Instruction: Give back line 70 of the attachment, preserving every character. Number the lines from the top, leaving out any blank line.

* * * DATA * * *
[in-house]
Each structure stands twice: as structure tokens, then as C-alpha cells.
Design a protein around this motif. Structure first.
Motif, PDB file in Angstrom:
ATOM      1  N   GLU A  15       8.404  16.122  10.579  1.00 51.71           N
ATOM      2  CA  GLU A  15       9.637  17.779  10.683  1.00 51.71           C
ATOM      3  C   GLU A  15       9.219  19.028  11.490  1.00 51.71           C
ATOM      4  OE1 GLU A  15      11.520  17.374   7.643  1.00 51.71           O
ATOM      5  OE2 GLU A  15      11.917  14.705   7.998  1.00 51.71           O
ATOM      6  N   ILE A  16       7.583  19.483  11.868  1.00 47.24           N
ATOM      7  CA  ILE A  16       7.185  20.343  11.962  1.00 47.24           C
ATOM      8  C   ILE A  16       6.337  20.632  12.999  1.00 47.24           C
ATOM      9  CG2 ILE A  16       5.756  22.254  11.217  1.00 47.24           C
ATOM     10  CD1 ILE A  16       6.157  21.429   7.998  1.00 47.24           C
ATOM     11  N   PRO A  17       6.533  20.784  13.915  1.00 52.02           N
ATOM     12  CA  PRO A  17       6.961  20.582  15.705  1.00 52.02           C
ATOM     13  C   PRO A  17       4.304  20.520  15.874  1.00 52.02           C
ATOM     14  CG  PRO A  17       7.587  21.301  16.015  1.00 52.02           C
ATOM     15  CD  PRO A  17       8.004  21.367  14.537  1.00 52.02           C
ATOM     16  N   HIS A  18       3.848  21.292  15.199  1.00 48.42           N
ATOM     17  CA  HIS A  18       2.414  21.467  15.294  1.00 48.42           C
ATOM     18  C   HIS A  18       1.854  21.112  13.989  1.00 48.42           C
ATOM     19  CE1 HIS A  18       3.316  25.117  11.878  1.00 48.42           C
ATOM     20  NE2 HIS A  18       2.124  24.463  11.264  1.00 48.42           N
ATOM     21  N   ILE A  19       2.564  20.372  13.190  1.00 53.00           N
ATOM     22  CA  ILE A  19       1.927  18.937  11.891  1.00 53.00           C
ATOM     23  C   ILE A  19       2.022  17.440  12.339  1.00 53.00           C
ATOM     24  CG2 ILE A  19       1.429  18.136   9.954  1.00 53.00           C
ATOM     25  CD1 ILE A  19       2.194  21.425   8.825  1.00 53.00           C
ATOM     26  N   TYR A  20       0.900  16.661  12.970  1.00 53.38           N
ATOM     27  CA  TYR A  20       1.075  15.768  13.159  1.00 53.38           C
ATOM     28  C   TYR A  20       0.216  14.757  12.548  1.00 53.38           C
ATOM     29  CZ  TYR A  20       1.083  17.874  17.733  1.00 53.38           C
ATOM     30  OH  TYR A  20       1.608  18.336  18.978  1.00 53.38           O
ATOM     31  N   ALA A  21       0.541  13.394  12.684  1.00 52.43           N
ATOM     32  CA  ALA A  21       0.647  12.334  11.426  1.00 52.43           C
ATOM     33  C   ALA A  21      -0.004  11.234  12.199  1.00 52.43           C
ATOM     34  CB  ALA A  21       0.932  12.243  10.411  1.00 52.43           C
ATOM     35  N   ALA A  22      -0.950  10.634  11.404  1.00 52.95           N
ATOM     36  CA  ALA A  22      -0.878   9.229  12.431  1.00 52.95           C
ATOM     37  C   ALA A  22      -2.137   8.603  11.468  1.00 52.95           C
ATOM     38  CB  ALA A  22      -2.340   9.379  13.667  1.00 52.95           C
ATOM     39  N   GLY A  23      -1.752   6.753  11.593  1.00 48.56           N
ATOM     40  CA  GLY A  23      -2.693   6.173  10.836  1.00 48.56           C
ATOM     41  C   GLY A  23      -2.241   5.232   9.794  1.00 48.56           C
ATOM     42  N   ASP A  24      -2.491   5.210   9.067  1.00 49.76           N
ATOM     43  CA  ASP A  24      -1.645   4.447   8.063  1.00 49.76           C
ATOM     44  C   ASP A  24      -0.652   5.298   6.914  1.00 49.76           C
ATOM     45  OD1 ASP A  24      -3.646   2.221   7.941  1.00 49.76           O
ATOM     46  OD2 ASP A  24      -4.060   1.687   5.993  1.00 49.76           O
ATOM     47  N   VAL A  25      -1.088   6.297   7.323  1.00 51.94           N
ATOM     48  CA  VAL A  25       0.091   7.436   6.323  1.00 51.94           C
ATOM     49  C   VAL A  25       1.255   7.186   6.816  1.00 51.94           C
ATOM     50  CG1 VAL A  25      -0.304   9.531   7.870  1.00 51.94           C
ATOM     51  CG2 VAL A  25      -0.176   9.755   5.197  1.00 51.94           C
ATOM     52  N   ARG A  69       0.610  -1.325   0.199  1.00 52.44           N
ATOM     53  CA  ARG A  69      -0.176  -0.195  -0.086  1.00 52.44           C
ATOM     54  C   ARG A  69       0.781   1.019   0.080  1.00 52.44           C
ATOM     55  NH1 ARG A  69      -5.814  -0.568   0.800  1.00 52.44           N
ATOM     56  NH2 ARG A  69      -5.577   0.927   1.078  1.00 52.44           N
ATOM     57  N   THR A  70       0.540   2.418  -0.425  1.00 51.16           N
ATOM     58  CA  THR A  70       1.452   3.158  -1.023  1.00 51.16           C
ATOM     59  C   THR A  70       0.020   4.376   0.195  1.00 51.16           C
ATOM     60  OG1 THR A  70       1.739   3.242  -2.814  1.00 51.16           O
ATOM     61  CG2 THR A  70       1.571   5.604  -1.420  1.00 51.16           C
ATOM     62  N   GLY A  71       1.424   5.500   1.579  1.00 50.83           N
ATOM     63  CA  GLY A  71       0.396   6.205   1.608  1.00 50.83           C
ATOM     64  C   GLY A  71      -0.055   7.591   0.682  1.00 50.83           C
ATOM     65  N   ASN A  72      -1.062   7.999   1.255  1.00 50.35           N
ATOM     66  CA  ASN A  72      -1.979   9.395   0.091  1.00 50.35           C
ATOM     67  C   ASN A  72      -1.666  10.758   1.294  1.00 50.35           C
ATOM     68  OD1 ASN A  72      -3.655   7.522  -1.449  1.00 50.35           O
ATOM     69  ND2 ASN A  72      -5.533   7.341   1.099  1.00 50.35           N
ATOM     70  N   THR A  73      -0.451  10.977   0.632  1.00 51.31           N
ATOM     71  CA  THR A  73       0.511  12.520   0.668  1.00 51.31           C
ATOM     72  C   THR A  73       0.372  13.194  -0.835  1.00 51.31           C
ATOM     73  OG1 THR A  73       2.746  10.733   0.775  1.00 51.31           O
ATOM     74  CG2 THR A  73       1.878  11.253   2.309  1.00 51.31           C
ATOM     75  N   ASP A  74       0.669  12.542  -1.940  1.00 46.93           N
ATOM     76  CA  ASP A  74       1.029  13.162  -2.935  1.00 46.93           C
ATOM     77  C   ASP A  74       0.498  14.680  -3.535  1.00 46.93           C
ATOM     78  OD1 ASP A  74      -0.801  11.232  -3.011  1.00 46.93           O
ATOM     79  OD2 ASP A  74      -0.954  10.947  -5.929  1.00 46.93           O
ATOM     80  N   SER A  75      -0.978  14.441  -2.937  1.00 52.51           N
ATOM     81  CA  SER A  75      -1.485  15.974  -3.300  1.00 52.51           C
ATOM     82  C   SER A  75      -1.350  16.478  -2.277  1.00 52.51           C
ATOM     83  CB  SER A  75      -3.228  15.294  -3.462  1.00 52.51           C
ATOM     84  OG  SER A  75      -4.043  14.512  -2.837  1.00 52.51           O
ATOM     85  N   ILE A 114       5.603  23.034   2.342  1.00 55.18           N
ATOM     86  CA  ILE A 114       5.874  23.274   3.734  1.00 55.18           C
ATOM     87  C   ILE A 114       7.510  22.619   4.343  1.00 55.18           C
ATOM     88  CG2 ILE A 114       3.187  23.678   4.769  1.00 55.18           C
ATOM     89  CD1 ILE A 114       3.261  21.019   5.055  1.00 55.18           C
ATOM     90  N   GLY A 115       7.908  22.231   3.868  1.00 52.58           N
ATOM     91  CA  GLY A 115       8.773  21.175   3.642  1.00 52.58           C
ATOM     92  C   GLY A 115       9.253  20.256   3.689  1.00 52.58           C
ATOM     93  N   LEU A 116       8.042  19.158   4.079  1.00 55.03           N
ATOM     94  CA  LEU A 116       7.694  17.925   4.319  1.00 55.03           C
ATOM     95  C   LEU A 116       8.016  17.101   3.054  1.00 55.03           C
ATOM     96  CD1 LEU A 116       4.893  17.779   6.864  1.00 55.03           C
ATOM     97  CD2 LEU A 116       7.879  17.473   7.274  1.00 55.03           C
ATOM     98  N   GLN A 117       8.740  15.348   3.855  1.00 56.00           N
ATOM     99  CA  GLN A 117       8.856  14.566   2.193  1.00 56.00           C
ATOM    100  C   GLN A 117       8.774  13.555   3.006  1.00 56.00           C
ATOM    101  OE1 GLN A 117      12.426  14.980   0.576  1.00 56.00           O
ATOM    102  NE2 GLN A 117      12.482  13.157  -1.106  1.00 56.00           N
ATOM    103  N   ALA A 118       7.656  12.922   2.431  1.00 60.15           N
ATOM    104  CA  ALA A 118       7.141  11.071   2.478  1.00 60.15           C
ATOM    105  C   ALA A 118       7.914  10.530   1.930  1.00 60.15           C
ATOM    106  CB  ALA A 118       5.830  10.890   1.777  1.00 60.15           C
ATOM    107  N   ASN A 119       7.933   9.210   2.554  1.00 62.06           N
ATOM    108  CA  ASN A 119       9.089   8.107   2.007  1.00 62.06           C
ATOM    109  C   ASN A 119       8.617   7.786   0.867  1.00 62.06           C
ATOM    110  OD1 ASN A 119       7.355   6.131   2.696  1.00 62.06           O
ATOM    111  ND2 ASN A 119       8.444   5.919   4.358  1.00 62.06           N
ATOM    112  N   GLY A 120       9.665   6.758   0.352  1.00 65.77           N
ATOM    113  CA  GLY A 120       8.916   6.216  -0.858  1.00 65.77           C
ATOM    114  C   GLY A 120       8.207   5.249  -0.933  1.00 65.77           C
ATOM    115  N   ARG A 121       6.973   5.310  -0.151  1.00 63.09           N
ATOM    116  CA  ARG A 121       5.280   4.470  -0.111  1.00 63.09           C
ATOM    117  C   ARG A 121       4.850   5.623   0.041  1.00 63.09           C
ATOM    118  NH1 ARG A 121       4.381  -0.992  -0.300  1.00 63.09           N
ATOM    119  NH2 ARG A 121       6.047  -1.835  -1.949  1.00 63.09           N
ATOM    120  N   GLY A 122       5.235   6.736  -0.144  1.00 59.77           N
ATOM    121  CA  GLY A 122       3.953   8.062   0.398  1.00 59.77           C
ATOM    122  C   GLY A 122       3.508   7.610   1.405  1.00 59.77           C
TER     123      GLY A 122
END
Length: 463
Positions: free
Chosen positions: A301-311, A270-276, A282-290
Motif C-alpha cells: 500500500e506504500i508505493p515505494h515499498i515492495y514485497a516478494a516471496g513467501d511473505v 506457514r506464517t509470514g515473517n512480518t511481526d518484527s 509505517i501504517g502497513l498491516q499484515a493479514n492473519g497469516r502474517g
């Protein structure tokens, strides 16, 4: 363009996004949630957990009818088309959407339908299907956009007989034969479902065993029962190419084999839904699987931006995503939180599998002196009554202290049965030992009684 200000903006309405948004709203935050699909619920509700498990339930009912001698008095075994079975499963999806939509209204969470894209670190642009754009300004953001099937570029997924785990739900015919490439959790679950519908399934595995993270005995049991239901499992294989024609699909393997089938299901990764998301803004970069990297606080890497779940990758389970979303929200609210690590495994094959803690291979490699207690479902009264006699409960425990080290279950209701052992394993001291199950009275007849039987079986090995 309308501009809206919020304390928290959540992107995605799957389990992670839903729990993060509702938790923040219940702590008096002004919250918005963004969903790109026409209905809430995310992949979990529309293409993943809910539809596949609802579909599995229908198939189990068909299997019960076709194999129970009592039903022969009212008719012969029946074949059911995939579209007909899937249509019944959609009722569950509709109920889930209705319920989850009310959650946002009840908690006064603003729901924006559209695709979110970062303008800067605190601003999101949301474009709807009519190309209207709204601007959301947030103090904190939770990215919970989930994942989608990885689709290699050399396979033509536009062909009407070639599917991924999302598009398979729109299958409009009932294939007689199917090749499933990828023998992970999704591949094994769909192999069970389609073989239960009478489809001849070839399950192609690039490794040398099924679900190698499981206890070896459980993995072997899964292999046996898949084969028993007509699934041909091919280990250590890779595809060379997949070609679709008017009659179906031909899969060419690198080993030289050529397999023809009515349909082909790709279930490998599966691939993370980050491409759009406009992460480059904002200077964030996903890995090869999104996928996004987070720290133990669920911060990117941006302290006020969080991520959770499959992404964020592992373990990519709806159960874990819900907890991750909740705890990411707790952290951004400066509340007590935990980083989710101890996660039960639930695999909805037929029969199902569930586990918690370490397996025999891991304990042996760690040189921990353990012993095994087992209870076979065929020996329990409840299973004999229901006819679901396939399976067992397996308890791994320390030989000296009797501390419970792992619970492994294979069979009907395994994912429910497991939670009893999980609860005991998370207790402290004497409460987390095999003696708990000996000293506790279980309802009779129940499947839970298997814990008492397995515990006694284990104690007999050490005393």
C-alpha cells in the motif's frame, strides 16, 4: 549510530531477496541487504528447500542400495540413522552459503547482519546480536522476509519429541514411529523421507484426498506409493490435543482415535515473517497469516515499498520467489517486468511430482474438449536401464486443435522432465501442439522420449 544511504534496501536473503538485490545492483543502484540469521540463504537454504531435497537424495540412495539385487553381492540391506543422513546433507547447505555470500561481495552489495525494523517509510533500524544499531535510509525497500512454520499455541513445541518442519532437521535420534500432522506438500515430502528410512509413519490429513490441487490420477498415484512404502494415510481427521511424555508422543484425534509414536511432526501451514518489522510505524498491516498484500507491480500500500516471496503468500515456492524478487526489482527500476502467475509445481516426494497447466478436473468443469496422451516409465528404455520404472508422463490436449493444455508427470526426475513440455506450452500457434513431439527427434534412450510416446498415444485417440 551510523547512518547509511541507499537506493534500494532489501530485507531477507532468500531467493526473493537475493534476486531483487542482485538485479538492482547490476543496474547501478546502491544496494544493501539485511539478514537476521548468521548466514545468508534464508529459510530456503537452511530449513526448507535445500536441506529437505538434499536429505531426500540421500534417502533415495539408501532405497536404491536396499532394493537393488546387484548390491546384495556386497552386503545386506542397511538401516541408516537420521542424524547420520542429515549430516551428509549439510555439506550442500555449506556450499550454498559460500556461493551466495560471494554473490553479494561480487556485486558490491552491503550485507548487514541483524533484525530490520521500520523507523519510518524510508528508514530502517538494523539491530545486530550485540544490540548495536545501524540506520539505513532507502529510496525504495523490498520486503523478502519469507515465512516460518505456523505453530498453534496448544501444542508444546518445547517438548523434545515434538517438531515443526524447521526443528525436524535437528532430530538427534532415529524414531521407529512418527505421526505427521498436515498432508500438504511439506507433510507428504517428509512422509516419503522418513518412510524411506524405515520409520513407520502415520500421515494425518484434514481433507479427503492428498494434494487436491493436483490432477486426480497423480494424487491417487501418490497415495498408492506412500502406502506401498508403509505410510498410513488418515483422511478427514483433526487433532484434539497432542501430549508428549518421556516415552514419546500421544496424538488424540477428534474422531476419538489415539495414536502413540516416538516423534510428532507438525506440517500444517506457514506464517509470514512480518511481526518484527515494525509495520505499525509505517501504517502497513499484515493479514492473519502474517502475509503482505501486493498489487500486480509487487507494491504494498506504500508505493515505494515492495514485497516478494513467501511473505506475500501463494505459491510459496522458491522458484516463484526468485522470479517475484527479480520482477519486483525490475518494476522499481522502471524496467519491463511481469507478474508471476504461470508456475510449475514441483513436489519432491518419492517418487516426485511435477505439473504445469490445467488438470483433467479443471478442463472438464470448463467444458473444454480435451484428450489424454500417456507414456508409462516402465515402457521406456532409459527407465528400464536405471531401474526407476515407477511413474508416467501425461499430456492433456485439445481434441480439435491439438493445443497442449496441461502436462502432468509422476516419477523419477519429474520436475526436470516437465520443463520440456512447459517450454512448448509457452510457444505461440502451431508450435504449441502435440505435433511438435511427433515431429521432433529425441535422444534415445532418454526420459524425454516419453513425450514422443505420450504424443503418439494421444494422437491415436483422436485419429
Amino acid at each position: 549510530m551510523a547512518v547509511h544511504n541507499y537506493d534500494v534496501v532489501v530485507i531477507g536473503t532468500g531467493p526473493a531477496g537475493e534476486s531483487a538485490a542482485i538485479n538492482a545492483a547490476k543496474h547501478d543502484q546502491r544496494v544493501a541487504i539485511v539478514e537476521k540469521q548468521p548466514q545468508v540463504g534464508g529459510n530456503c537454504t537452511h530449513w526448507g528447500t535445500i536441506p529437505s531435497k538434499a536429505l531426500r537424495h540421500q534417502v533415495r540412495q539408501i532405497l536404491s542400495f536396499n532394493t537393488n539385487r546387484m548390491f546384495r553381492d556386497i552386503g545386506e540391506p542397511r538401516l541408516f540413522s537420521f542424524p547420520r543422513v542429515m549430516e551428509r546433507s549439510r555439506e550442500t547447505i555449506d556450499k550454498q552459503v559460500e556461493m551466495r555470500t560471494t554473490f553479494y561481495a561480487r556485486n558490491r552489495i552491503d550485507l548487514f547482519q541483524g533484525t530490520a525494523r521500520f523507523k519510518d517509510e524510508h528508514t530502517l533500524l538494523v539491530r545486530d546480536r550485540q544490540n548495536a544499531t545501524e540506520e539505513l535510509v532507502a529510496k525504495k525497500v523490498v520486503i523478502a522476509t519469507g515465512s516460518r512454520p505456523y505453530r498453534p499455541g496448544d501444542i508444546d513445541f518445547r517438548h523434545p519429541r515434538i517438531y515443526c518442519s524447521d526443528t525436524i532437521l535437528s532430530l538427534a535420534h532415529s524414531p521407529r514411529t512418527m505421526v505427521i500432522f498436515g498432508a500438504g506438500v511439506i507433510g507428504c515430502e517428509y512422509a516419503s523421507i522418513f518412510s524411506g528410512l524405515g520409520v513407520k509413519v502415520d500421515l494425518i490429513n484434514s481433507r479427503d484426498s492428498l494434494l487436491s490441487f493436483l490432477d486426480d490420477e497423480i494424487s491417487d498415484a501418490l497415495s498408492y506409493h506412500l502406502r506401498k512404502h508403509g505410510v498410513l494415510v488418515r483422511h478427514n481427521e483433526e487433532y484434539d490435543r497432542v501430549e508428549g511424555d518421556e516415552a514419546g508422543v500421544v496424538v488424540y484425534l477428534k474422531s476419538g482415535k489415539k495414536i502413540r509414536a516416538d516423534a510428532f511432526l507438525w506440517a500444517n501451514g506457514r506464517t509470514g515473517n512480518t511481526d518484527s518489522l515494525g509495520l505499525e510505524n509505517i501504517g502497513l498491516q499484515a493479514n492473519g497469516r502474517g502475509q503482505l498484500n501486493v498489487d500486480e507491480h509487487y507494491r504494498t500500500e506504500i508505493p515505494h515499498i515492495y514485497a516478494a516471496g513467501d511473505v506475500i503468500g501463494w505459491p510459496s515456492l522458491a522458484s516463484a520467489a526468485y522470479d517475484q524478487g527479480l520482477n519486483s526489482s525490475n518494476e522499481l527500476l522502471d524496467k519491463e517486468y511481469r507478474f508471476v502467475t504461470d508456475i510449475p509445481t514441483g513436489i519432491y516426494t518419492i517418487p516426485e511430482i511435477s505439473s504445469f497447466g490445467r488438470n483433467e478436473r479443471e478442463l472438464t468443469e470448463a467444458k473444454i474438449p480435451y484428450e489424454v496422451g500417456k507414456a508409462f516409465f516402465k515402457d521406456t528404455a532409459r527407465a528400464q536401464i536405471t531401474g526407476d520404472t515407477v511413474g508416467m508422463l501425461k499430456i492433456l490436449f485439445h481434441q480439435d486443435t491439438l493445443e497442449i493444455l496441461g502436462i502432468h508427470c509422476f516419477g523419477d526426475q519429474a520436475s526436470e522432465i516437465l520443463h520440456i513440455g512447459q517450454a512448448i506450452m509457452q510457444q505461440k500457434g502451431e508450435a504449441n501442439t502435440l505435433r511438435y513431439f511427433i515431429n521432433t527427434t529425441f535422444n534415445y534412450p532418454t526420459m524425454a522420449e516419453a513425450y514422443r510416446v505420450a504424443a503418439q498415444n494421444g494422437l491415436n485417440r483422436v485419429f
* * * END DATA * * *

ATOM     66  CA  ASN A  72      -1.979   9.395   0.091  1.00 50.35           C